Like most of you, I pay close attention to what is going on in the event space. I find myself particularly interested in trends and the overall outlook for our industry. Not surprisingly, some events are up, others are down and many find themselves relatively flat. However, being internal optimists, we always look for the silver lining—exhibit space was off, but attendance was up. We had more exhibitors, but the average booth size was down. We are the masters of the spin for our customers, but what is really in store for trade shows?

The Center for Exhibition Industry Research recently released research on “The Role and Value of Face-to-Face Interaction.” Even during the “Great Recession,” and now in the midst of an increasingly digital world, in person events remain an important tool for many marketers. Your customer’s still have a desire to show their products and services to a highly concentrated group of targeted influencers. 

This is the good news, but there are still many risks to our overall business. Budgets are decreasing and every dollar is being scrutinized. Simply put, you cannot afford to rest on the historic influence the event industry has had as a marketing tool. We need to challenge the norm and look to adjust our model for the future. Savvy marketers want a simple, measurable and hassle free experience. So what does that mean?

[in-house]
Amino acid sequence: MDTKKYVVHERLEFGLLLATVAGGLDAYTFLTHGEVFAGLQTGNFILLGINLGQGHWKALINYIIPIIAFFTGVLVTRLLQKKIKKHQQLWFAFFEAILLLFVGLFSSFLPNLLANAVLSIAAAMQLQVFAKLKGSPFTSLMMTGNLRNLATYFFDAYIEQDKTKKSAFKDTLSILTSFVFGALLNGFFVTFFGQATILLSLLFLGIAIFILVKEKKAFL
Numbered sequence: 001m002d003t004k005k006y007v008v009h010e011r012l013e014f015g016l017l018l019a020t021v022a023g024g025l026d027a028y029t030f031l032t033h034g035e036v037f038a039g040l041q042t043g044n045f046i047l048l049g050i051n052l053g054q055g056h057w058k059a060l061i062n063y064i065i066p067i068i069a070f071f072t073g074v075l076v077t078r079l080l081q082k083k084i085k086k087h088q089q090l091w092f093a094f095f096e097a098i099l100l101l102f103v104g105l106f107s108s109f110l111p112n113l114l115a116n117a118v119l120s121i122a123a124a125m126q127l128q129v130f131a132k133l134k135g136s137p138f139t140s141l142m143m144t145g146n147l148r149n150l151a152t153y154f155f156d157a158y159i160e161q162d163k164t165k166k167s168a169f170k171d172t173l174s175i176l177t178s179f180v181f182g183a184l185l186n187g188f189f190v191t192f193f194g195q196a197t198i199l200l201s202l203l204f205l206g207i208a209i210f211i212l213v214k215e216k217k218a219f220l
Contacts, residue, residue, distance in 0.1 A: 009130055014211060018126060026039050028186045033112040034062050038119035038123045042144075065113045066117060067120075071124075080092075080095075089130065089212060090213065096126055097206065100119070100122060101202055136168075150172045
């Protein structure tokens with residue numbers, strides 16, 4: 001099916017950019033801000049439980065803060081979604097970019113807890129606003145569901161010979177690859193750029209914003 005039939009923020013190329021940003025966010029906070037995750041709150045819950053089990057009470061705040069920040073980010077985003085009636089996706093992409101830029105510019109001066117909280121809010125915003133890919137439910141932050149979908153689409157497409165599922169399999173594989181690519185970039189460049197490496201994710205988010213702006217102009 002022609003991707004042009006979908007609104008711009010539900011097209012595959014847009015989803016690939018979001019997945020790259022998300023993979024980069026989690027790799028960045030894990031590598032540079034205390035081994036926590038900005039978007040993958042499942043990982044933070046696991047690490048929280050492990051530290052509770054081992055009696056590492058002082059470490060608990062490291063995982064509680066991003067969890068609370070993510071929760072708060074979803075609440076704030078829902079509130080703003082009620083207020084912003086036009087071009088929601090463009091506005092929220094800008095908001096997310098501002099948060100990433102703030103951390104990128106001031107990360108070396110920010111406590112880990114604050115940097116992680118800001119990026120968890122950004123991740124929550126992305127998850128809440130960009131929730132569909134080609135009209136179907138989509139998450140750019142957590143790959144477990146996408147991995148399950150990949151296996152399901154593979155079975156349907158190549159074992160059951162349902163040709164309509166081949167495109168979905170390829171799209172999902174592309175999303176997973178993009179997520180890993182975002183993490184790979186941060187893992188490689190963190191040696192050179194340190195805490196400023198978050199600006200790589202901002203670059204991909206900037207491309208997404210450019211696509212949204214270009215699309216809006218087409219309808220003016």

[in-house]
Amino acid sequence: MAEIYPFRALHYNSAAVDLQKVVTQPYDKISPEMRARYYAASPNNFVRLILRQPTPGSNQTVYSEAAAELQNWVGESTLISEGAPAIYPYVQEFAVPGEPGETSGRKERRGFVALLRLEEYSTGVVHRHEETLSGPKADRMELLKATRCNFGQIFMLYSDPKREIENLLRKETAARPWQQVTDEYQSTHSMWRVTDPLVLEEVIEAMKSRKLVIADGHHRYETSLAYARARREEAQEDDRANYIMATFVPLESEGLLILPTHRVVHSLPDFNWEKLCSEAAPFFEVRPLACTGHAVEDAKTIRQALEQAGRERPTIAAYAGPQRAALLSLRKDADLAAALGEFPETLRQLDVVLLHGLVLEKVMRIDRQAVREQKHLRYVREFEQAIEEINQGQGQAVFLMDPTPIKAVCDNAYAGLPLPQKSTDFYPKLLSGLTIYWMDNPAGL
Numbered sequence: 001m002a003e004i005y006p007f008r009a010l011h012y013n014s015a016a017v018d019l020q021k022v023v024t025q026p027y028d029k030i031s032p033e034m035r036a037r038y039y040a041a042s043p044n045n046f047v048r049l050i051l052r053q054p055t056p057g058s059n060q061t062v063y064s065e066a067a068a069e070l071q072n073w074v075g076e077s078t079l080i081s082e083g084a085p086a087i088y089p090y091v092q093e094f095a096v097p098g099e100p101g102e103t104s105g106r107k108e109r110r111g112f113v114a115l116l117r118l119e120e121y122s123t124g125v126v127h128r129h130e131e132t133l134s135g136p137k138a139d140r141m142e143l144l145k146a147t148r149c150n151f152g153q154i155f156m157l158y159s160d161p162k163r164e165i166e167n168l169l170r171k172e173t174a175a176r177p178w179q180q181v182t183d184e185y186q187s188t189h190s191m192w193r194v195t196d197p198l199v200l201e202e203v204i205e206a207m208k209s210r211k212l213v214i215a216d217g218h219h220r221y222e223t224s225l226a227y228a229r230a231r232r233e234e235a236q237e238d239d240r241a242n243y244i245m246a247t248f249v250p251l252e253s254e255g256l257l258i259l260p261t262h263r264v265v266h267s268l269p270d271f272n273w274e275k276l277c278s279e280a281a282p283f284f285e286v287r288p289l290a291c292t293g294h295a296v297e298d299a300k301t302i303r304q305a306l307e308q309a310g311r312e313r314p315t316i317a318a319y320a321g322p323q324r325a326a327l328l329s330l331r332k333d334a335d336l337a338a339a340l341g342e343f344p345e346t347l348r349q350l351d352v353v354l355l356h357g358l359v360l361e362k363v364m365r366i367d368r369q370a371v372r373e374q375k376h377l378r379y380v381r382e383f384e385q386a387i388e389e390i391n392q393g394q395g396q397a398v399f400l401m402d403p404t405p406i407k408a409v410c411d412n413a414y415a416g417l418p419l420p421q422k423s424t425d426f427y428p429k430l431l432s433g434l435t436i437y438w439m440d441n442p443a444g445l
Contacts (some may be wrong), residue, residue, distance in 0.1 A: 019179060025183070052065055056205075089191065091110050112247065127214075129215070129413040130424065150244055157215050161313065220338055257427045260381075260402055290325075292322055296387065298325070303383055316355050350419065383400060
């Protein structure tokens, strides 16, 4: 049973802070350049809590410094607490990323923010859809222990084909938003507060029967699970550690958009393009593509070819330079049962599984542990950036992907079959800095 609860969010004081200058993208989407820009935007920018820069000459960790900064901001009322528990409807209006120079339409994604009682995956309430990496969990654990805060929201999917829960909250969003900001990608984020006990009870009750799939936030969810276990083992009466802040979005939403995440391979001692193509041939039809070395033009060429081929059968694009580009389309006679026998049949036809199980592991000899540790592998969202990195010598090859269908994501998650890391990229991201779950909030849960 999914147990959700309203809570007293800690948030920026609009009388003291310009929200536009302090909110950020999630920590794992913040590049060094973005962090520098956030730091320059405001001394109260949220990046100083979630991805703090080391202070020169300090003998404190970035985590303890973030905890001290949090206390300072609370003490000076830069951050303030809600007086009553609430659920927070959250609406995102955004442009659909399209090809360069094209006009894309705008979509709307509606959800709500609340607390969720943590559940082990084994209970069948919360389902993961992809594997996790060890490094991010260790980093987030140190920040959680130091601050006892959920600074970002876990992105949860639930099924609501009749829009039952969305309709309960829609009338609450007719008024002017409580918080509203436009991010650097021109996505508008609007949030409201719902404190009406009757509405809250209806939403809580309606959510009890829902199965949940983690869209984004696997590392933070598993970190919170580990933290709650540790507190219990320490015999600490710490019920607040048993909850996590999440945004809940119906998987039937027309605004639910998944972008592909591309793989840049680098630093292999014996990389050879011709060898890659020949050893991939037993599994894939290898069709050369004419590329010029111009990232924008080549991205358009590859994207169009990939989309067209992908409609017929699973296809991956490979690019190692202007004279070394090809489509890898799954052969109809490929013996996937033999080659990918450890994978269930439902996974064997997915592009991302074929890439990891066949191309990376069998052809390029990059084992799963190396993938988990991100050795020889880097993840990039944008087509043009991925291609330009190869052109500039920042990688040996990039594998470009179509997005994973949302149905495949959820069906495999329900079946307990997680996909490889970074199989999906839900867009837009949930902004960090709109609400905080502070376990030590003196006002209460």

Simple: Everything from the contract process to payments to registration needs to be easier.  Consider an alumni program that will take basic information (address, phone, contact, product category, directory listings, etc.) and carry it over year to year.  Give them the opportunity to update that information, but why should you ask your returning customers to recreate the wheel with every event?

Measurable: We all deal with question on ROI. Unfortunately, there is not a one size fits all approach, but if your staff understands a marketers objectives in advance of the event, you can work to formulate and define what is or is not a realistic outcome. How will you ultimately be graded?

Hassel Free: If you have been in the business for any period of time, you know the single biggest complaint is drayage, labor and other variable costs.  Most exhibitors do a poor job of planning, and far too often they are surprised by their invoice.  Make it easy and look at “all in” packages that are inclusive of drayage, basic utilities, etc.

What are you doing differently to make for a better customer experience?

Brian Pagel is a Vice President at Nielsen Expositions, where he runs The Kitchen and Bath Industry Show. Since re-joining Nielsen in 2001, Pagel has also served as a vice president in the Decorated Apparel Group. A 15-year veteran of the publishing, convention and exposition industries, Pagel has also held senior account executive positions with Leader Publishing and Bill Communications.